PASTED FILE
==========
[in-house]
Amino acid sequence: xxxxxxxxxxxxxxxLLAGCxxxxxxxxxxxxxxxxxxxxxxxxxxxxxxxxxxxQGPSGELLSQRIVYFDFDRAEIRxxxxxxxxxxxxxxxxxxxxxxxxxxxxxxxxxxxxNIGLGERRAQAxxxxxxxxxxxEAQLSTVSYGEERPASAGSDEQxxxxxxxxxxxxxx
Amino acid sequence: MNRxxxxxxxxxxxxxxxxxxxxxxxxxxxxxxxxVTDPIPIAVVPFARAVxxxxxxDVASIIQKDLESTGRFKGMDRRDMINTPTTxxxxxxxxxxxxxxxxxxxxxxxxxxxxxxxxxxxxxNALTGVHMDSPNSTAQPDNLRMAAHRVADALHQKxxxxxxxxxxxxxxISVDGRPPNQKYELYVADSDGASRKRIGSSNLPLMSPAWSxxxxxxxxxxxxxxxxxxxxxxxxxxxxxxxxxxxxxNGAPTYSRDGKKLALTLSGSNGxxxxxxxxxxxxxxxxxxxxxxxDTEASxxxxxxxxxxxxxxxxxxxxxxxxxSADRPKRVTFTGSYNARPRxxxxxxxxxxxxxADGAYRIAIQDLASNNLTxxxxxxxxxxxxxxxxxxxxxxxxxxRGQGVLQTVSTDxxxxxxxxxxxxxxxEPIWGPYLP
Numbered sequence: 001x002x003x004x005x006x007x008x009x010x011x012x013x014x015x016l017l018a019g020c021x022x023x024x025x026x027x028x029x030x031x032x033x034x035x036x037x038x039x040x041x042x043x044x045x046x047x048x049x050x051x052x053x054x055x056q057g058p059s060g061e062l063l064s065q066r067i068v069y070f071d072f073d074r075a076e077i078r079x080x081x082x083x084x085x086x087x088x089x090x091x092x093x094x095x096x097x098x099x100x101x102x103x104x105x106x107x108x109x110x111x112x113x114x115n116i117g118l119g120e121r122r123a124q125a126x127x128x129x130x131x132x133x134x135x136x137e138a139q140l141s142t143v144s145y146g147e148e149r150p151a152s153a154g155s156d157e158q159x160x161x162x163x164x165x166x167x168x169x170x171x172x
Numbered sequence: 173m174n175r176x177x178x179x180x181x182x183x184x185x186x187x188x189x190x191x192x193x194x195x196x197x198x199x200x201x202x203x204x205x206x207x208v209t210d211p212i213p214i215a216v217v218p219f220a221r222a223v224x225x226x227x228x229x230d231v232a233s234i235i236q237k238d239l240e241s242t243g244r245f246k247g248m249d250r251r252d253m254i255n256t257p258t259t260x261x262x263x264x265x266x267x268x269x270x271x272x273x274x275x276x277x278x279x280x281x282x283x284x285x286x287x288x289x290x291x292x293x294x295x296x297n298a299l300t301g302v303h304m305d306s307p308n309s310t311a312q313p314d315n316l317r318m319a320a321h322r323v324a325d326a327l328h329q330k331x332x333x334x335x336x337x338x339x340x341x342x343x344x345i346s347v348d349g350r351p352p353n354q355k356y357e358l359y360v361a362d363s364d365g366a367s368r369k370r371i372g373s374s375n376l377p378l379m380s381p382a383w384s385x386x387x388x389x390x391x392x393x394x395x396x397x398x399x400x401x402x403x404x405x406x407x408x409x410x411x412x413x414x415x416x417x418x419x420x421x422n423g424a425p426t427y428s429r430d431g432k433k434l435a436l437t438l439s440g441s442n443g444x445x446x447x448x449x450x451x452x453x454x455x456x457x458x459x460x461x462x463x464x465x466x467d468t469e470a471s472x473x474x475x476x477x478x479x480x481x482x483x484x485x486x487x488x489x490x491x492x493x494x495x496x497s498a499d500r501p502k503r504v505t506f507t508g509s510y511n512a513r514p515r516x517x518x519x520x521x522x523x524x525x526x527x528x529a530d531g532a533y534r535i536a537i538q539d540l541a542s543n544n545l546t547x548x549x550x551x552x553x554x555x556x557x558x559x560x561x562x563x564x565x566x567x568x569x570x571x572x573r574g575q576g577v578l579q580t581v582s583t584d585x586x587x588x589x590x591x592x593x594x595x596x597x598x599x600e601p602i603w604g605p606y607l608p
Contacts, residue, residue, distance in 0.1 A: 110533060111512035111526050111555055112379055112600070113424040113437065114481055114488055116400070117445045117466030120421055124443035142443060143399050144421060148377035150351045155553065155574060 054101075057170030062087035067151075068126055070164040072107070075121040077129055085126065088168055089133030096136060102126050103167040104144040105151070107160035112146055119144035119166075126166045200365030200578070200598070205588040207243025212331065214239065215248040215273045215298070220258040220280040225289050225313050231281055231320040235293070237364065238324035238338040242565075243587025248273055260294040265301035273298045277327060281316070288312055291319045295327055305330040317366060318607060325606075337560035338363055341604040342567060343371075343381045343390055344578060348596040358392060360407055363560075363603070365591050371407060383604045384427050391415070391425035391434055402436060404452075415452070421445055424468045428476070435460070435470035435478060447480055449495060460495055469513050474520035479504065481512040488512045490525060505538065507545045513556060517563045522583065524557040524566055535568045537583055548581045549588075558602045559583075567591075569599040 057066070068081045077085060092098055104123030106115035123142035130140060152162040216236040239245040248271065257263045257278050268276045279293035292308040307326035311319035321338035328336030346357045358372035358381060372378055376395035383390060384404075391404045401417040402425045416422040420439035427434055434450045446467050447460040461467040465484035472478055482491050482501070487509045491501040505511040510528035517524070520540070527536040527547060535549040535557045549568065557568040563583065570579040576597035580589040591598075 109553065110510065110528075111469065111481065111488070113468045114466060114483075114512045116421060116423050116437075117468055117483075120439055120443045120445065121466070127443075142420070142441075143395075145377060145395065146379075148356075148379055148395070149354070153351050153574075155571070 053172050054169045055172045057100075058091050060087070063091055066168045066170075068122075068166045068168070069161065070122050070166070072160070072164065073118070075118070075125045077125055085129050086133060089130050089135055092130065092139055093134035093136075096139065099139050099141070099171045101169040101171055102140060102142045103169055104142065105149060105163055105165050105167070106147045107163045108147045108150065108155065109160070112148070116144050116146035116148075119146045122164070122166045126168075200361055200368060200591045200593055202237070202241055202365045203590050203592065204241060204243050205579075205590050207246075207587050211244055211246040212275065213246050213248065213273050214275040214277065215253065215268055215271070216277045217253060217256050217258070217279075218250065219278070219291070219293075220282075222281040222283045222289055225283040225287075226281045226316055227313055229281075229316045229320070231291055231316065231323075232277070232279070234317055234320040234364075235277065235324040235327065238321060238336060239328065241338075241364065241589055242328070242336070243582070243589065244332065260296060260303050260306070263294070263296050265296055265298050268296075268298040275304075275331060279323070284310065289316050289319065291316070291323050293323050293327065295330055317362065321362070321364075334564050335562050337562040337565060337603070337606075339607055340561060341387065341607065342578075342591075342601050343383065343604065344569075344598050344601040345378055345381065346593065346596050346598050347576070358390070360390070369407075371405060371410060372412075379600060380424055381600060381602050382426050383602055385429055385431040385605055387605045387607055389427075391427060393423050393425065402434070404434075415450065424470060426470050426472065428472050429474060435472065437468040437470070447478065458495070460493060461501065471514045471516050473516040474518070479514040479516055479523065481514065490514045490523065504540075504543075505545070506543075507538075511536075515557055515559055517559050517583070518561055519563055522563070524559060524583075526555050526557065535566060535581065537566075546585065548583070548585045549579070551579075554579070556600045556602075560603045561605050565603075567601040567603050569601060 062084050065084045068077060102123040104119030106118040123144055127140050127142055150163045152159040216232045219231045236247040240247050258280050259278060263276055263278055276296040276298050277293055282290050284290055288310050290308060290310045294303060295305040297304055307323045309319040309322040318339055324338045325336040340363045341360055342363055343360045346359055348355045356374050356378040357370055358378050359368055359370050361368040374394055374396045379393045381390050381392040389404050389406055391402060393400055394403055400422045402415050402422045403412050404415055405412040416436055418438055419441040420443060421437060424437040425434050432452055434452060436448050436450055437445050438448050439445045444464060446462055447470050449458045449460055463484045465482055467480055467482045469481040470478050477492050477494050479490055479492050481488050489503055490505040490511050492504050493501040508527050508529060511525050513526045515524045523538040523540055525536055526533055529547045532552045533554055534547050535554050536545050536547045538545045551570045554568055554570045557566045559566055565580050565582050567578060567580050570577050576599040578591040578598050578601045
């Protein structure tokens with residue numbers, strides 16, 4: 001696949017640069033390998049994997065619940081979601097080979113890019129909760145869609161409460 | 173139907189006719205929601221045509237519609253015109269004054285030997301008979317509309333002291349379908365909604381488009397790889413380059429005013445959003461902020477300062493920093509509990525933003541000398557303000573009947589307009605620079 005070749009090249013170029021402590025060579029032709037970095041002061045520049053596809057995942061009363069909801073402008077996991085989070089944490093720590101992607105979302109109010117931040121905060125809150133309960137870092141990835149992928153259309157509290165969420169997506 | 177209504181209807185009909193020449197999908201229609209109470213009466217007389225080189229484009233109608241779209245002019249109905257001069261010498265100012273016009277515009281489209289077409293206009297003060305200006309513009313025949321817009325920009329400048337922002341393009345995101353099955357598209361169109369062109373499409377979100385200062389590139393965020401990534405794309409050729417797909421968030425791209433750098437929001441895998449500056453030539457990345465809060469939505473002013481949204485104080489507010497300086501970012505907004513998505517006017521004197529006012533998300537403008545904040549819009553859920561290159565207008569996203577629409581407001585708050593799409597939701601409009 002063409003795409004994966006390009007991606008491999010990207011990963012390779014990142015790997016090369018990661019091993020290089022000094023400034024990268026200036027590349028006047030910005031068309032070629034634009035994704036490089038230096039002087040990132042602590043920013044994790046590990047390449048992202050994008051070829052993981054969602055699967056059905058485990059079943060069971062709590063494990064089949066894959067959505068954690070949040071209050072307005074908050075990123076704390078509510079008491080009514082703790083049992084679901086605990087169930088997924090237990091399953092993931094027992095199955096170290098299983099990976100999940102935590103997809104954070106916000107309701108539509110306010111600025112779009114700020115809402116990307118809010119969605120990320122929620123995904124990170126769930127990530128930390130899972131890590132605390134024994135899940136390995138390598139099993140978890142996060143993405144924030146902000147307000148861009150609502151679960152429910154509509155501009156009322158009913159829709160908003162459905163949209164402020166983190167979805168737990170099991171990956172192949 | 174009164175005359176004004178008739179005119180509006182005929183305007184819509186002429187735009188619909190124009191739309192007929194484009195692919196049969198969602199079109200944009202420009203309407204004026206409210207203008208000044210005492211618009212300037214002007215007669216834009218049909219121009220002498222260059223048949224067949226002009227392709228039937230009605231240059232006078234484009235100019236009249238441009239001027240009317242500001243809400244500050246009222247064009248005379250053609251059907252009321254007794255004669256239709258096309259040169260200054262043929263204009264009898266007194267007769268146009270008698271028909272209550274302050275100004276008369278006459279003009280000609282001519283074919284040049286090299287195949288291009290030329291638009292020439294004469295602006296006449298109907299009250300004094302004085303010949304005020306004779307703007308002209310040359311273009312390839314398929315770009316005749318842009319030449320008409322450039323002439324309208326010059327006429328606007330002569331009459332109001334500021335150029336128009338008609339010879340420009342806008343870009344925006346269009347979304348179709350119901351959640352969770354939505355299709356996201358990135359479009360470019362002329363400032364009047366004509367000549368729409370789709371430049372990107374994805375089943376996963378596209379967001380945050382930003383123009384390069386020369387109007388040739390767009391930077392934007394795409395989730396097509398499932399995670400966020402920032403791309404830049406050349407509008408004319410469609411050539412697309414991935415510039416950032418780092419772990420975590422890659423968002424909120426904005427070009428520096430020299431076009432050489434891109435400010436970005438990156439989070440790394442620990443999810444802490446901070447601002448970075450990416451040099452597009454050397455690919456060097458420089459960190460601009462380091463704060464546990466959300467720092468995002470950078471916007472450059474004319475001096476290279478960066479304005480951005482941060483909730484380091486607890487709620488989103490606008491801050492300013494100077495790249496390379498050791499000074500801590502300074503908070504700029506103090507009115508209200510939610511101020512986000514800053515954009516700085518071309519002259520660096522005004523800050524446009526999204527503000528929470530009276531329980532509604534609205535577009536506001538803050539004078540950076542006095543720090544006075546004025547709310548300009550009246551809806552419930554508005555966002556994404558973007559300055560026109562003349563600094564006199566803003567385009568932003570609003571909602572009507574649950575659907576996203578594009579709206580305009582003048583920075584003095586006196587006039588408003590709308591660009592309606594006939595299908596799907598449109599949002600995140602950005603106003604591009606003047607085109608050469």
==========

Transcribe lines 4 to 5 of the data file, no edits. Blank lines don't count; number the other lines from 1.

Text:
Numbered sequence: 001x002x003x004x005x006x007x008x009x010x011x012x013x014x015x016l017l018a019g020c021x022x023x024x025x026x027x028x029x030x031x032x033x034x035x036x037x038x039x040x041x042x043x044x045x046x047x048x049x050x051x052x053x054x055x056q057g058p059s060g061e062l063l064s065q066r067i068v069y070f071d072f073d074r075a076e077i078r079x080x081x082x083x084x085x086x087x088x089x090x091x092x093x094x095x096x097x098x099x100x101x102x103x104x105x106x107x108x109x110x111x112x113x114x115n116i117g118l119g120e121r122r123a124q125a126x127x128x129x130x131x132x133x134x135x136x137e138a139q140l141s142t143v144s145y146g147e148e149r150p151a152s153a154g155s156d157e158q159x160x161x162x163x164x165x166x167x168x169x170x171x172x
Numbered sequence: 173m174n175r176x177x178x179x180x181x182x183x184x185x186x187x188x189x190x191x192x193x194x195x196x197x198x199x200x201x202x203x204x205x206x207x208v209t210d211p212i213p214i215a216v217v218p219f220a221r222a223v224x225x226x227x228x229x230d231v232a233s234i235i236q237k238d239l240e241s242t243g244r245f246k247g248m249d250r251r252d253m254i255n256t257p258t259t260x261x262x263x264x265x266x267x268x269x270x271x272x273x274x275x276x277x278x279x280x281x282x283x284x285x286x287x288x289x290x291x292x293x294x295x296x297n298a299l300t301g302v303h304m305d306s307p308n309s310t311a312q313p314d315n316l317r318m319a320a321h322r323v324a325d326a327l328h329q330k331x332x333x334x335x336x337x338x339x340x341x342x343x344x345i346s347v348d349g350r351p352p353n354q355k356y357e358l359y360v361a362d363s364d365g366a367s368r369k370r371i372g373s374s375n376l377p378l379m380s381p382a383w384s385x386x387x388x389x390x391x392x393x394x395x396x397x398x399x400x401x402x403x404x405x406x407x408x409x410x411x412x413x414x415x416x417x418x419x420x421x422n423g424a425p426t427y428s429r430d431g432k433k434l435a436l437t438l439s440g441s442n443g444x445x446x447x448x449x450x451x452x453x454x455x456x457x458x459x460x461x462x463x464x465x466x467d468t469e470a471s472x473x474x475x476x477x478x479x480x481x482x483x484x485x486x487x488x489x490x491x492x493x494x495x496x497s498a499d500r501p502k503r504v505t506f507t508g509s510y511n512a513r514p515r516x517x518x519x520x521x522x523x524x525x526x527x528x529a530d531g532a533y534r535i536a537i538q539d540l541a542s543n544n545l546t547x548x549x550x551x552x553x554x555x556x557x558x559x560x561x562x563x564x565x566x567x568x569x570x571x572x573r574g575q576g577v578l579q580t581v582s583t584d585x586x587x588x589x590x591x592x593x594x595x596x597x598x599x600e601p602i603w604g605p606y607l608p